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Into the Wind

We set off the next day, heading south, with the wind on our nose. This time there was lots of it as well and it gradually picked up until we were crashing headfirst into the waves. It was following the coast as well, which meant that even when we rounded a headland and changed direction, it was still in front of us. The whole coastline seemed to be a wind acceleration zone, which I hadn't come across since sailing in the Canaries; wind from certain directions gets funnelled around and over the mountains and can easily double in force as it comes down to sea.

The wind picked up further until it was about force 6, and rounding headlands was becoming very difficult as the bigger waves would slam into our bows and bring our speed down to almost zero. We sat there, staring at the rocks and cliffs about half a mile off our starboard side as if we weren't moving, wondering if we were ever going to get past them and trying to keep track of any cross-current that might be pulling us onshore.

We were motoring hard, trying to punch through four metre waves and every so often we'd get hit by a bigger one which would break over the deck and soak us in the cockpit. It was turning into another tough day, and, as the wind and waves were slowing us so much, what should have been a six hour trip was now dragging on. I took a look at the charts and decided to make for Ensenada de Rodalquilar, a closer anchorage than the one we'd been heading towards. The pilot book didn't make it sound very attractive and warned there was poor holding; our anchor might drag, which didn't sound too promising in this wind, but we decided to take a look anyway.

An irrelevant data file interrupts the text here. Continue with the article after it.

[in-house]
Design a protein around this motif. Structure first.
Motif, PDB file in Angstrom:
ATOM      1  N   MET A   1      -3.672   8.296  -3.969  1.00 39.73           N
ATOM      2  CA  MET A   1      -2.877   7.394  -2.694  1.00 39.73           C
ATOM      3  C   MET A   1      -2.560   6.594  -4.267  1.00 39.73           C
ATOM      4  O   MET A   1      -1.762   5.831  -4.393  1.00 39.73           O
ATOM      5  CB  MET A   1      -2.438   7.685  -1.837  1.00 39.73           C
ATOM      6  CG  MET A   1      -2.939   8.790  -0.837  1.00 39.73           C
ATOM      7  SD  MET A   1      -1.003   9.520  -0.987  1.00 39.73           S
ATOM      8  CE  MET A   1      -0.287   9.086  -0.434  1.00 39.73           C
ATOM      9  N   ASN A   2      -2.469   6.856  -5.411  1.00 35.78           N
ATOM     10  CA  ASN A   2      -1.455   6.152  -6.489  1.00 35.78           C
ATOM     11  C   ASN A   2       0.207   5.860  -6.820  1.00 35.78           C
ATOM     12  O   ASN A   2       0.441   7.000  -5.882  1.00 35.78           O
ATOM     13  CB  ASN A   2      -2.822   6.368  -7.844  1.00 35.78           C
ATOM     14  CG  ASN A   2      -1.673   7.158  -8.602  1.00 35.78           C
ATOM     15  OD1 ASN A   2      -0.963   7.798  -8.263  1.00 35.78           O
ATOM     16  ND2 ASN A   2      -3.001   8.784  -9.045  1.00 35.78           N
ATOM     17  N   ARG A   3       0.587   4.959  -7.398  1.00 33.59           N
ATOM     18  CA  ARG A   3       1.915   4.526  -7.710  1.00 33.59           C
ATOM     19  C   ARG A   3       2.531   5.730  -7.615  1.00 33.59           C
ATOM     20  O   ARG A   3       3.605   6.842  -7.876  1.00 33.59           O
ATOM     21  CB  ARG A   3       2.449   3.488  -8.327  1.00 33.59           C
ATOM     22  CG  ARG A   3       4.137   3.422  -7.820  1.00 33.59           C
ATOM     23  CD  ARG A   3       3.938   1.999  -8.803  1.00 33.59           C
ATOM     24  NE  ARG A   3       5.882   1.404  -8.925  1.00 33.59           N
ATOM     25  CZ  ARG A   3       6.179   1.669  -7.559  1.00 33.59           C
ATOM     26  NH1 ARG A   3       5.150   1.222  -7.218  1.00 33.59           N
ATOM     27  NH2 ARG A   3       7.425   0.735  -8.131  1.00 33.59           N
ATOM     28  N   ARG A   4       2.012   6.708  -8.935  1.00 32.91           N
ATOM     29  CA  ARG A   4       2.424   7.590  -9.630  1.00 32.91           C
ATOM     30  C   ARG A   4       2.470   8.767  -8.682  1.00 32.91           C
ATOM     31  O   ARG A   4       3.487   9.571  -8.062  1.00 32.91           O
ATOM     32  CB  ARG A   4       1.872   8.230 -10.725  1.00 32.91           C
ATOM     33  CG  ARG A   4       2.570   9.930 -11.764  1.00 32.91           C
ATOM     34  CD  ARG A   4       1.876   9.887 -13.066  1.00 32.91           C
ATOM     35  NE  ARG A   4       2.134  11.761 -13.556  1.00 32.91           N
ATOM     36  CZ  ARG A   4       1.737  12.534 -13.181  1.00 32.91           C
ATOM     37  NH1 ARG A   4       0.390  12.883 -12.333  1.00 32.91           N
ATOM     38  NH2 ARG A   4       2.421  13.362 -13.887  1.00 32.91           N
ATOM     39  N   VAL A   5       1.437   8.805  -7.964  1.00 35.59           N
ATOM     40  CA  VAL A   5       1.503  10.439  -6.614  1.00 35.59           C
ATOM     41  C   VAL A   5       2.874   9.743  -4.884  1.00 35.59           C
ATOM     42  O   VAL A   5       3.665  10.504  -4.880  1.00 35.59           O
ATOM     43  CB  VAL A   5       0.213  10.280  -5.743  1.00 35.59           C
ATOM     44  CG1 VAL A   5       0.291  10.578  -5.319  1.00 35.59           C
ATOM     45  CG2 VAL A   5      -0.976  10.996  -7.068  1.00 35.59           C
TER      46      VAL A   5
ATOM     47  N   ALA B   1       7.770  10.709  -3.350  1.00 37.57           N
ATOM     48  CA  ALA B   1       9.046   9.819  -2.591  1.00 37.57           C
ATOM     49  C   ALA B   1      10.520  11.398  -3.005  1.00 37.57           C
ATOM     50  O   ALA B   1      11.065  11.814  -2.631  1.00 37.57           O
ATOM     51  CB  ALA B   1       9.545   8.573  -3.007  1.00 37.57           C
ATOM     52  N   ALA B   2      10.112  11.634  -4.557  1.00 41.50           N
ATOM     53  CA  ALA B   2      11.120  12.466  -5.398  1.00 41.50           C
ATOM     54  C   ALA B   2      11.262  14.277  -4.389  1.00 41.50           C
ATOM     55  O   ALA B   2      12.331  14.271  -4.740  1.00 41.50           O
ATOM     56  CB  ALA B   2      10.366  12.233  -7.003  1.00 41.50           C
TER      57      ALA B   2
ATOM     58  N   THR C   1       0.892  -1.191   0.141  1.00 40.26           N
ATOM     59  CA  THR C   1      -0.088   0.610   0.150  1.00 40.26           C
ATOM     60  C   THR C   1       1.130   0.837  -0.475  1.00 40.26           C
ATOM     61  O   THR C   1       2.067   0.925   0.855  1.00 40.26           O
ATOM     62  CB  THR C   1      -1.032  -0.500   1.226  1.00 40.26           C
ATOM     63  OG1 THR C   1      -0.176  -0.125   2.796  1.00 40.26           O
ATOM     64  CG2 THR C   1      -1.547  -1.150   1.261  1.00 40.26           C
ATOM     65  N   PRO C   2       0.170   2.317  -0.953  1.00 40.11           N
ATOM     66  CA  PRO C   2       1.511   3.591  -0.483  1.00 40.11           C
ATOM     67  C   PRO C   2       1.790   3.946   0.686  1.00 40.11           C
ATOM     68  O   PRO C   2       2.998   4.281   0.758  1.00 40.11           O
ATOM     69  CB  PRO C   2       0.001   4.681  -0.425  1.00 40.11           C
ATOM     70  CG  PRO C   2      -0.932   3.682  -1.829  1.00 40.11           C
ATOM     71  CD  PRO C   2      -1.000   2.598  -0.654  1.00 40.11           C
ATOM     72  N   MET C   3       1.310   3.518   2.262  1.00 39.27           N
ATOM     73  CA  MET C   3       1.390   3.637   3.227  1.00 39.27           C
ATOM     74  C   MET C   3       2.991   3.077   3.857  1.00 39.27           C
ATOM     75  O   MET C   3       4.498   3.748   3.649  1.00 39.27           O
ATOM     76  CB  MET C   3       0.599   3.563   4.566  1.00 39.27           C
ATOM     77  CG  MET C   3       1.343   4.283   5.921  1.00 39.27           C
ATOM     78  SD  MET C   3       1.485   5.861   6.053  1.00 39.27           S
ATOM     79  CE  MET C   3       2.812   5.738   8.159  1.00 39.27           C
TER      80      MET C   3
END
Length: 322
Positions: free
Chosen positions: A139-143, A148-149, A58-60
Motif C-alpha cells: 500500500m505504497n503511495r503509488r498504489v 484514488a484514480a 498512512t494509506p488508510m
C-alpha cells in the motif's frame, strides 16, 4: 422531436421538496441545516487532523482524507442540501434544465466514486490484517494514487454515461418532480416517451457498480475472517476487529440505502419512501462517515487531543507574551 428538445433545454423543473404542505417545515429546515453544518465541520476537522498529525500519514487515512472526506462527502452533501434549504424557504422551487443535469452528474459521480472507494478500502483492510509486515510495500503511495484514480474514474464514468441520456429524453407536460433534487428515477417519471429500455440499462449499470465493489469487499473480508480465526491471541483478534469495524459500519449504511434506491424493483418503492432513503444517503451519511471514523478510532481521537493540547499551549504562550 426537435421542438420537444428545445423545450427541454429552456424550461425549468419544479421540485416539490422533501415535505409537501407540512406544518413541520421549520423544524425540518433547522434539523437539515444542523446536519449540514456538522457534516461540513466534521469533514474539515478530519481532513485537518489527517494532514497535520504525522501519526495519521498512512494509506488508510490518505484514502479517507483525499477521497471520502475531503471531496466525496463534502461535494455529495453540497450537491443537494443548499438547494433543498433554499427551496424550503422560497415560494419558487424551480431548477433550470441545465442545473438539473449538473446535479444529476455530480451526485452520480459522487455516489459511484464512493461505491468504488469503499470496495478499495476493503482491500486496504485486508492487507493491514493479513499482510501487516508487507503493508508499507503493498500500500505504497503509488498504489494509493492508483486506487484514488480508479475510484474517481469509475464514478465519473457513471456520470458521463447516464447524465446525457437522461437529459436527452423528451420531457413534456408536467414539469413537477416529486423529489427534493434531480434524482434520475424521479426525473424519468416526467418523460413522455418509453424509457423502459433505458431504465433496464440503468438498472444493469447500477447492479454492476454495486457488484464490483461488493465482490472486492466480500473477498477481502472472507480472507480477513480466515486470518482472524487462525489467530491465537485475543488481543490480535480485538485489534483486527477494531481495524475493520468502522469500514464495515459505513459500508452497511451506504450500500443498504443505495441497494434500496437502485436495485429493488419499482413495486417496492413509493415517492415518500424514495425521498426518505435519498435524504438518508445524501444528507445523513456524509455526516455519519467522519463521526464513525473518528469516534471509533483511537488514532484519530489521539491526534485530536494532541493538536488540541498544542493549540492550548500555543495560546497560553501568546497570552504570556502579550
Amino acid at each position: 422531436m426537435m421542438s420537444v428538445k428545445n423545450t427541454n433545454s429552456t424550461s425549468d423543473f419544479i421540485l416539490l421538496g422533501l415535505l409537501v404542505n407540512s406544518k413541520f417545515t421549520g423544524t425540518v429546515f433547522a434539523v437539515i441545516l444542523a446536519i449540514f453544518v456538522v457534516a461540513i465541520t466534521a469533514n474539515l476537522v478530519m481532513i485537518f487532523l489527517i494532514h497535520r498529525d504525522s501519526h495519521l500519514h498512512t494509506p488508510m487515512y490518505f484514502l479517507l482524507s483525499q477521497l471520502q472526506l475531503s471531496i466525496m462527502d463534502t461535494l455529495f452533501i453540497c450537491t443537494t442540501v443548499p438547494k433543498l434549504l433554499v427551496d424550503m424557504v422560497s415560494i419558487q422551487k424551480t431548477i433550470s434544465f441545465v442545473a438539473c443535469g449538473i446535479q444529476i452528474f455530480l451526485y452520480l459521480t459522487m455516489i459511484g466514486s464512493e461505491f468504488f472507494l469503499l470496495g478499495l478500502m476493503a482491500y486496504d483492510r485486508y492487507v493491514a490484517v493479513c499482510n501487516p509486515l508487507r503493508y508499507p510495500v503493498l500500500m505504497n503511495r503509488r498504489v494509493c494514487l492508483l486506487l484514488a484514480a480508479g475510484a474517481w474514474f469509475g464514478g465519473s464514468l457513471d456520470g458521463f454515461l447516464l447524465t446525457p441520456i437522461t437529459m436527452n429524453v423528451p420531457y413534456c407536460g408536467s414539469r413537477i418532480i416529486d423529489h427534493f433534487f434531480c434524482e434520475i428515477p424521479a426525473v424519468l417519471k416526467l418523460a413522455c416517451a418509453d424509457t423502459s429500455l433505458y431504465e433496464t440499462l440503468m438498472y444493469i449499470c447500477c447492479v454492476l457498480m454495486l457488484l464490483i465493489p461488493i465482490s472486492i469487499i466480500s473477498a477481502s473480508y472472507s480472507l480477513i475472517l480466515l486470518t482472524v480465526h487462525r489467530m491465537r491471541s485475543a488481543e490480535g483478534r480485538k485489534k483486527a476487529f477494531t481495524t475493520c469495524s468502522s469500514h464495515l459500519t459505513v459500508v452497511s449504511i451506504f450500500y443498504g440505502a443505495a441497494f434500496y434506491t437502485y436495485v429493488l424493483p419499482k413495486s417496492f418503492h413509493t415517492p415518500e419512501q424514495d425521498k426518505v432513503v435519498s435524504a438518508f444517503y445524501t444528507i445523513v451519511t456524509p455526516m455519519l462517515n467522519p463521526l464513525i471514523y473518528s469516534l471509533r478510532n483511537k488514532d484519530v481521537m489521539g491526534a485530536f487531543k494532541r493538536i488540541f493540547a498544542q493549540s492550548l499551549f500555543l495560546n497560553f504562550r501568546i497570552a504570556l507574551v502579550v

As we approached the bay the wind picked up to about force 7, howling around us. We had everything ready for a prompt anchoring operation in case we were quickly blown back out of the bay, but as we got close we suddenly motored through the wind line and, unbelievably, it dropped off completely. It didn't seem real - we looked behind us at a line of waves where it was about 35 knots, and here the wind was calm. It felt like coming out of hell. The bottom of the bay was all soft, white sand. As the anchor hit, it dug in instantly - so much for the pilot book.

Carita and I swam ashore and walked along the beach. The rock was almost white, carved into amazing patterns and curves by the waves, and full of fossils. We sat and looked down into the clear water and out at Zamindar, anchored in the bay; it was really a lovely place.

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